In these areas, which were expropriated in the 2018 Hydro Alunorte disaster, “there was a whole complex social structure made up of countless rural communities, with a native population with strong ties of kinship and religion—who practice fishing, hunting and gathering, as well as small subsistence farming” (8).

These new disasters are related to 1) (new) expropriations/evictions; 2) deforestation; 3) contamination of rivers; 4) impairment of artisanal activities and the fishing economy; 4) private use of streets and roads; 5) increased prostitution and worker mobility (clogging the education and health sectors); 6) creation of dependence on temporary employment; 7) territorial conflicts (between families and communities); 8) land and real estate speculation; 9) increase in urban violence.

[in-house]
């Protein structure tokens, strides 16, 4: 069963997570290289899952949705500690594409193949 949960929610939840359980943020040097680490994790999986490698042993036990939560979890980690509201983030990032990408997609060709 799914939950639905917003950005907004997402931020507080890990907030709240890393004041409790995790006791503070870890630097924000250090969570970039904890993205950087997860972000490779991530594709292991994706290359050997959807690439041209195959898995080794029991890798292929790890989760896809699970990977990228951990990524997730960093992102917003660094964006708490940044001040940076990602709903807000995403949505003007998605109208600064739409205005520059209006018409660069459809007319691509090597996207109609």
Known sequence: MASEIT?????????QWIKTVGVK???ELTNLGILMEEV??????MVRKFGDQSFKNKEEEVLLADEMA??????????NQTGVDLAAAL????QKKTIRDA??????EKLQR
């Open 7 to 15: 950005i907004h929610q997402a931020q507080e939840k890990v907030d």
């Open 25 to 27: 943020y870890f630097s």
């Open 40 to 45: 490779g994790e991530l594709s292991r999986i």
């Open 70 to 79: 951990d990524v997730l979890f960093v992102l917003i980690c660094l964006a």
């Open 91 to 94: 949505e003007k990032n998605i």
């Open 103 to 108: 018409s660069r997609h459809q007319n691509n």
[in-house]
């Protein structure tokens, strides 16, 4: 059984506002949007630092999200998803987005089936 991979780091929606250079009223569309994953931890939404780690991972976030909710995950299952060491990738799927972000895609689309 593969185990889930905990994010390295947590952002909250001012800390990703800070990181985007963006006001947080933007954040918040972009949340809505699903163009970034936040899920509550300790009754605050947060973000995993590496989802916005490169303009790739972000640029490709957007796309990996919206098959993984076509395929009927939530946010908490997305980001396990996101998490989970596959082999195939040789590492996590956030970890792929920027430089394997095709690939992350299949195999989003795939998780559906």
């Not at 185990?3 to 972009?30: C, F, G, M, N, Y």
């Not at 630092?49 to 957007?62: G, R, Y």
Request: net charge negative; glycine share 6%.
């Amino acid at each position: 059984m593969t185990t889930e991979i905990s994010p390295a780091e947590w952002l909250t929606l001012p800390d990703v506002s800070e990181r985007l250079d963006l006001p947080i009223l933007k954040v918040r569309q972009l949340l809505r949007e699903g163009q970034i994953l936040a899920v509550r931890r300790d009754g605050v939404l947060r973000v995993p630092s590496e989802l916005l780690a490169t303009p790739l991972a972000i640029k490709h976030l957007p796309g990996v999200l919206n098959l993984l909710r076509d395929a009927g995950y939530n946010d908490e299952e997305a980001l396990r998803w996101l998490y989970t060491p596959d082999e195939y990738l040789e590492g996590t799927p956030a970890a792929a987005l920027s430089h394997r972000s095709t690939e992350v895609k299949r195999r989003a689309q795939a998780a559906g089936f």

Meanwhile, small-scale rural producers (and their migration to cities) are dwarfed and seen as inferior; histories and lives disappear, and human, ethnic and territorial rights are violated. These violations are taking place because they are naturalized; this process makes people invisible and legitimizes the social domination of oppressive capitalist systems and policies. As a result, the histories and memories that have been built—of gardens, orchards, fishing, “baths” in the river, beliefs and symbologies—are suffocated.  

Jondison Rodrigues and Marcel Hazeu,
Study Group on society, Territory and Resistance in the Amazon (GESTERRA), Federal University of Pará (UFPA, by its Portuguese acronym)